At the time of application, RIWs should have a minimum of six members who commit to regularly participating during the period for which funding is requested, with others joining as the group begins its activities. We expect that most groups will have from 12 to 25 members (those who attend more than half of the RIW functions/meetings/events), but smaller and larger groups may be proposed. In accordance with the program’s core goals, workshops should include members from at least two graduate programs. Groups can be composed of a combination of graduate students, faculty, postdocs, and/or staff, or the group may be primarily graduate students with a faculty sponsor. Faculty groups that exclude students and staff, and student groups not affiliated with at least one faculty member, are not eligible for funding under this program. Because workshops are expected to require substantial commitment, joining more than one is discouraged. While faculty at all levels are eligible to serve as sponsors, due to the expected level of time commitment, coordinators are discouraged from seeking first year faculty as sponsors.

Membership in an RIW should be open to all Rackham graduate students, and organizers are required to advertise the RIW at the beginning of the period of funding and to post all events to the RIW calendar within Sessions. RIWs are also encouraged to announce their events, especially those taking place early in the terms, in the Rackham graduate student newsletter. RIWs that plan to apply for continued funding will be asked to provide a list of students who have committed to participate as members the following year. RIWs that do not meet regularly and publicize their meeting schedule will not be renewed.


Groups that have sponsorship from other units may apply for this grant program; any funding or other resources already allocated to the group, or applied for, must be specified in the grant proposal, which should explain how the RIW complements the other activities.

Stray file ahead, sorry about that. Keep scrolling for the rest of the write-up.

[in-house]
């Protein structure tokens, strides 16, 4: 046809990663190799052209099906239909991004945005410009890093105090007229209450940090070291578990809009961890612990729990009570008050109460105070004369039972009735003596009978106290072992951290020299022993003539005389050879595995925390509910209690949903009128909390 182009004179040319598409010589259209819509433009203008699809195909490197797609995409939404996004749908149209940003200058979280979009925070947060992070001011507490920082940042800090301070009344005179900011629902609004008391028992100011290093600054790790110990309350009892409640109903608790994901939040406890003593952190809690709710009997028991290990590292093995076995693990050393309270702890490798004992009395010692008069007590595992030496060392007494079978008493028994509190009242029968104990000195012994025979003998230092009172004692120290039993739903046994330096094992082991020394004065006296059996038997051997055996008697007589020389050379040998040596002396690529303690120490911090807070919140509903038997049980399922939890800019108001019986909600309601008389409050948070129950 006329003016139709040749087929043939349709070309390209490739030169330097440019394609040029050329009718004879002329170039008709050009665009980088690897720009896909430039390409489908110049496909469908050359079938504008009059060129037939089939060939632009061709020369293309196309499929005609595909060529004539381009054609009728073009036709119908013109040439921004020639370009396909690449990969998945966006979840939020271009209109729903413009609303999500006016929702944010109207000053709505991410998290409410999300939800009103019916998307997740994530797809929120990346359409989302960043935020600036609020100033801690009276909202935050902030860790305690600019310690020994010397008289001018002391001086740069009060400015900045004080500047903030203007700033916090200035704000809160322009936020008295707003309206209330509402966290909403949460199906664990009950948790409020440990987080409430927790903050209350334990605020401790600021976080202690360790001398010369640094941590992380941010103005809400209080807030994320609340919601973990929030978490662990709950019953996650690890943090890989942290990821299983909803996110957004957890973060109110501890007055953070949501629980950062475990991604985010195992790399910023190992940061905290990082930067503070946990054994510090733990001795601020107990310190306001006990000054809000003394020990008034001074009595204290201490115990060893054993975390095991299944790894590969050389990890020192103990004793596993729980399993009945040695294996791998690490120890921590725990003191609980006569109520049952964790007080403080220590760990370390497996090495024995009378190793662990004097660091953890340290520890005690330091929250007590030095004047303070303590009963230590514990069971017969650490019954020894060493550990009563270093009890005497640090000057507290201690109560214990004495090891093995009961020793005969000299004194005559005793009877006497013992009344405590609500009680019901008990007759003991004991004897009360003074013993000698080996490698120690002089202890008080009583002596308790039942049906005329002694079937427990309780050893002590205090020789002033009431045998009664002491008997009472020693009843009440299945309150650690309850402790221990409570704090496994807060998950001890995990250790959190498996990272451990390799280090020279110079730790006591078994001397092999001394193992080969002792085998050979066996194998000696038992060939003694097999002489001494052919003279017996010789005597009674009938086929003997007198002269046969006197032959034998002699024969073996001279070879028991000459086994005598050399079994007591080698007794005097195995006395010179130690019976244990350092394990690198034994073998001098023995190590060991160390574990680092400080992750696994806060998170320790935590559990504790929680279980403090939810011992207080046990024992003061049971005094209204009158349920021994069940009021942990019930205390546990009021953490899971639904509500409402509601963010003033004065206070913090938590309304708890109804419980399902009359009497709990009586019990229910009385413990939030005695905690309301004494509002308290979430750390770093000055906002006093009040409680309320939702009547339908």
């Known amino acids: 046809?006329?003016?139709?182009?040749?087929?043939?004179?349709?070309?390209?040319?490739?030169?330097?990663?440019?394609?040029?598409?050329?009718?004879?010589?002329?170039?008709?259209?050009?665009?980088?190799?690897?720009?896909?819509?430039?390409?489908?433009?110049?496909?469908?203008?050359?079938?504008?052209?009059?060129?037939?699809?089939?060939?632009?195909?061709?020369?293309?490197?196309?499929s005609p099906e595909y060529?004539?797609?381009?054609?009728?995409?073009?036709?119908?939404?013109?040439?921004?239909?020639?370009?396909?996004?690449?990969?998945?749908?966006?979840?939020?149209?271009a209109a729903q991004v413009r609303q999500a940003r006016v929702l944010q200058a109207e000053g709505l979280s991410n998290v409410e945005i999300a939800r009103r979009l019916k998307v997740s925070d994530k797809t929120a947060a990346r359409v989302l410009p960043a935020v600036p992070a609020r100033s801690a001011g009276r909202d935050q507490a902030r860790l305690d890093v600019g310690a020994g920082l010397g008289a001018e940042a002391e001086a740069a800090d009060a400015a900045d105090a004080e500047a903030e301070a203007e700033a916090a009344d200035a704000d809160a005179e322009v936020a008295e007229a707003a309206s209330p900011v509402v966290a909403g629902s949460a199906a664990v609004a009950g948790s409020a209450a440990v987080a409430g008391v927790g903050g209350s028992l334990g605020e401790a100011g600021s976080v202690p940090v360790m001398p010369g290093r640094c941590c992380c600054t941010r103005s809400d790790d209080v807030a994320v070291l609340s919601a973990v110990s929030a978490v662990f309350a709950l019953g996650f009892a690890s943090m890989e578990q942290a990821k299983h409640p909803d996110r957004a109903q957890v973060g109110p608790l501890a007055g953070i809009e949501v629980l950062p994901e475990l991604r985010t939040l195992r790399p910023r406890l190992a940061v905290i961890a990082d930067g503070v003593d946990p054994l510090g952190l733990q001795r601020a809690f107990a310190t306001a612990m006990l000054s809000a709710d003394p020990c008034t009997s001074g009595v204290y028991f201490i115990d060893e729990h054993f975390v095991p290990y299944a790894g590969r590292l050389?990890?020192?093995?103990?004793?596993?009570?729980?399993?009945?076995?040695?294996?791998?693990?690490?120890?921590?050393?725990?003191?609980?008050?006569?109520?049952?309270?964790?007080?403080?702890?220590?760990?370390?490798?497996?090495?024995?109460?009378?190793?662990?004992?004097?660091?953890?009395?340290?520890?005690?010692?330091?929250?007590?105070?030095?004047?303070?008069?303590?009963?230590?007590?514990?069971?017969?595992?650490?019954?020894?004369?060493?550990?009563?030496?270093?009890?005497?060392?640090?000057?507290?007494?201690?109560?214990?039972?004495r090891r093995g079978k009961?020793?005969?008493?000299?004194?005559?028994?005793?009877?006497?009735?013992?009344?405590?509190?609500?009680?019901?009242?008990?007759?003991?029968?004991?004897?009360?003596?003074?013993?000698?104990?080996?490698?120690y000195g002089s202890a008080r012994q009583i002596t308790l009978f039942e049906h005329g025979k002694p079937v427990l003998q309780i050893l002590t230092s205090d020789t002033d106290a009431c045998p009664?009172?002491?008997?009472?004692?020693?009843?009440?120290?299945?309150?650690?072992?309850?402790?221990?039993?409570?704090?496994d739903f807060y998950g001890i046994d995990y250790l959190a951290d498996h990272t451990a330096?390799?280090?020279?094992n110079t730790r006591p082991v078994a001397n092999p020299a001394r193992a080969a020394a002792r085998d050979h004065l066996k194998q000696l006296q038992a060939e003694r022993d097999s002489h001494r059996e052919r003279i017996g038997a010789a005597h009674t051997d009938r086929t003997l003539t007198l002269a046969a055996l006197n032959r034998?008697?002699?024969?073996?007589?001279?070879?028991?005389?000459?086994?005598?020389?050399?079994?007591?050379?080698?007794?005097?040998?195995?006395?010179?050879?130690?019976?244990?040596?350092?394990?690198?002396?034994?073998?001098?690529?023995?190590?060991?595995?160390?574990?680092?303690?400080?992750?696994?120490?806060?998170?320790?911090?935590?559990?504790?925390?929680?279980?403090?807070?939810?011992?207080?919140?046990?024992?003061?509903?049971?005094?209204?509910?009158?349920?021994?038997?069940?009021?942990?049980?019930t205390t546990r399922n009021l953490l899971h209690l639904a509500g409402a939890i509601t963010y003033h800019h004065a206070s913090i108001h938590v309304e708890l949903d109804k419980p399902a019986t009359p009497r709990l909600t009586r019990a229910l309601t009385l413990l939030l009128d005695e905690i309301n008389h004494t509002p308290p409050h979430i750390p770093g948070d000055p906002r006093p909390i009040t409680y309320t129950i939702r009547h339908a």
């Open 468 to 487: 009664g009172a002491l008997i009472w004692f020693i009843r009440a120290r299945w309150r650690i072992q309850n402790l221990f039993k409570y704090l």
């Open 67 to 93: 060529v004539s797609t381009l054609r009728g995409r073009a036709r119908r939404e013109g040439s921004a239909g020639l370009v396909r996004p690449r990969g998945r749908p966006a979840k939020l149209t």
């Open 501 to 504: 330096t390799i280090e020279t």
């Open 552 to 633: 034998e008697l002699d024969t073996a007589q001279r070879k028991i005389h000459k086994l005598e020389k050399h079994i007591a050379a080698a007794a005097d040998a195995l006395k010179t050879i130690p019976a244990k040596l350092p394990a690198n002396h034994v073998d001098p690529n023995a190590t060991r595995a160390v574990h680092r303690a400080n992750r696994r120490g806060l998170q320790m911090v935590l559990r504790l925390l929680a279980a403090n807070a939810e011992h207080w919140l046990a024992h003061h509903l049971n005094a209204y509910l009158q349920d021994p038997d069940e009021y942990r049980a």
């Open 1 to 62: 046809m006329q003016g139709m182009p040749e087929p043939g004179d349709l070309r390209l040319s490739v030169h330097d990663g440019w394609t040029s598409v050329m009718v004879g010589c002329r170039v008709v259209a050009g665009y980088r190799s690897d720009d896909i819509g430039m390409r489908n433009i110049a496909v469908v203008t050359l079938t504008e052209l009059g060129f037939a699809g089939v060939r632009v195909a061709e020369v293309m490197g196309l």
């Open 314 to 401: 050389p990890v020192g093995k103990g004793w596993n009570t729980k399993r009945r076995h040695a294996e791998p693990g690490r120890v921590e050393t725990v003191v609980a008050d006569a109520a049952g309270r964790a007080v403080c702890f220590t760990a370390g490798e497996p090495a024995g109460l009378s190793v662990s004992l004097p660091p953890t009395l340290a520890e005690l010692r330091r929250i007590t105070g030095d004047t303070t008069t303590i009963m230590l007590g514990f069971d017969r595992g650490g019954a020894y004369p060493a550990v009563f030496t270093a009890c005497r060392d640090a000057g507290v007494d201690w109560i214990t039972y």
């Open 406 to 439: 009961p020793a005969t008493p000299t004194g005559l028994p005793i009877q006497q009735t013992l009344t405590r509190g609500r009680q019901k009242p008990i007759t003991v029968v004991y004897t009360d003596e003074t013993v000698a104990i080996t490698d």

RIW Coordinators

RIWs have at least one graduate student coordinator who has reached candidacy and is in their third through sixth years of study. Exceptions are rarely made for students beyond the sixth year to serve as coordinators and require a statement from the student’s faculty supervisor, as well as the faculty sponsor of the workshop, that the student is making good progress towards completion of the degree and that this responsibility will not impede their progress.

A student may serve as a coordinator or co-coordinator in one RIW only. Coordinators are expected to be in residence in the Ann Arbor area.

When the members of a workshop wish to continue their activities over several years, it is advisable for the RIW coordinator(s) to work actively during the academic year to identify and mentor potential successors. A pattern in which there is one continuing and one new coordinator each year can ensure a smooth transition.

RIW Coordinator Responsibilities

  • Collaborate with the faculty sponsor(s) to prepare the grant proposal and plan the group’s schedule of meetings and activities.
  • Arrange and publicize meetings. Arrange for readings and other materials to be available.
  • Post all RIW-sponsored meeting information to the RIW calendar within Sessions.
  • Establish and maintain the group’s membership list.
  • Keep records of events, including a list of attendees’ uniqnames.
  • Track budget and expenditures.
  • Prepare and complete the group’s year-end grant report to Rackham on time.

RIW Faculty Sponsor Responsibilities

  • Collaborate in the planning of the workshop.
  • Consult regularly with the coordinator about its activities.
  • Review the year-end grant report before it is submitted, and approve it after Rackham administration reviews and approves it.

RIW Administrative Support Staff Responsibilities

  • Advise the graduate student coordinators regarding the budget, tracking expenses, and any relevant university policy.
  • Create a Project Grant specific to the workshop.
  • Review the year-end grant report before it is submitted, and approve it after Rackham administration reviews and approves it.

We hope that in most cases faculty organizers and other faculty and staff will also participate actively and consistently in workshop meetings.